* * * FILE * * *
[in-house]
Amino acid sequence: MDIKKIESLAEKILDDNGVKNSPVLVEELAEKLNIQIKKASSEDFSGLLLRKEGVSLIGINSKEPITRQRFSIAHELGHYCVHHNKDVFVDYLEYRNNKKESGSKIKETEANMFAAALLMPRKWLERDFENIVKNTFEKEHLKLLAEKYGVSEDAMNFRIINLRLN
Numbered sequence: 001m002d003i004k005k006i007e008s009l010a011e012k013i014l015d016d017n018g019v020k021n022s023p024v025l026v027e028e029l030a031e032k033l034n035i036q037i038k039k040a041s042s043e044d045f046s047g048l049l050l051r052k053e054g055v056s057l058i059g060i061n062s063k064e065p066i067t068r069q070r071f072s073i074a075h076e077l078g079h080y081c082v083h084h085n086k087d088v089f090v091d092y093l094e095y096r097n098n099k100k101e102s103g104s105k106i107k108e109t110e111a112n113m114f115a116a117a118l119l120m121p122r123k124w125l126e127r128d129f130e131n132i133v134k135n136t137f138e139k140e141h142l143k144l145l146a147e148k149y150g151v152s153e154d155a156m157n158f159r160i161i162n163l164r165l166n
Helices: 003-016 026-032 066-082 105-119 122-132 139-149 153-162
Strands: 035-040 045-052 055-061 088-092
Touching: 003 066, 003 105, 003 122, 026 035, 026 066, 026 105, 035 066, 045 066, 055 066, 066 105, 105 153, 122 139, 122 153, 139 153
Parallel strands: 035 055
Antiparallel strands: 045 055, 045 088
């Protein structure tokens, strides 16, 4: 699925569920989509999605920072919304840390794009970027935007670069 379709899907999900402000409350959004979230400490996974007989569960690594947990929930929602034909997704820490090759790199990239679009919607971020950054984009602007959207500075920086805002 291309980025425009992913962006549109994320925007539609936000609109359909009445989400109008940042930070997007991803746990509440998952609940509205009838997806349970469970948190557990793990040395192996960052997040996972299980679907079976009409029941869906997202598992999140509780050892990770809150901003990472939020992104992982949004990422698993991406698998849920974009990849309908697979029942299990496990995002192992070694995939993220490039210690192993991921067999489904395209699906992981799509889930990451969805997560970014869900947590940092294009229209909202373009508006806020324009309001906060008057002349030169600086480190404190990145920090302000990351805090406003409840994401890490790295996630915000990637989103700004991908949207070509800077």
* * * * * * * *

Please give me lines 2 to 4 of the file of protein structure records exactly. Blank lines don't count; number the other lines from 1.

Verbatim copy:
Amino acid sequence: MDIKKIESLAEKILDDNGVKNSPVLVEELAEKLNIQIKKASSEDFSGLLLRKEGVSLIGINSKEPITRQRFSIAHELGHYCVHHNKDVFVDYLEYRNNKKESGSKIKETEANMFAAALLMPRKWLERDFENIVKNTFEKEHLKLLAEKYGVSEDAMNFRIINLRLN
Numbered sequence: 001m002d003i004k005k006i007e008s009l010a011e012k013i014l015d016d017n018g019v020k021n022s023p024v025l026v027e028e029l030a031e032k033l034n035i036q037i038k039k040a041s042s043e044d045f046s047g048l049l050l051r052k053e054g055v056s057l058i059g060i061n062s063k064e065p066i067t068r069q070r071f072s073i074a075h076e077l078g079h080y081c082v083h084h085n086k087d088v089f090v091d092y093l094e095y096r097n098n099k100k101e102s103g104s105k106i107k108e109t110e111a112n113m114f115a116a117a118l119l120m121p122r123k124w125l126e127r128d129f130e131n132i133v134k135n136t137f138e139k140e141h142l143k144l145l146a147e148k149y150g151v152s153e154d155a156m157n158f159r160i161i162n163l164r165l166n
Helices: 003-016 026-032 066-082 105-119 122-132 139-149 153-162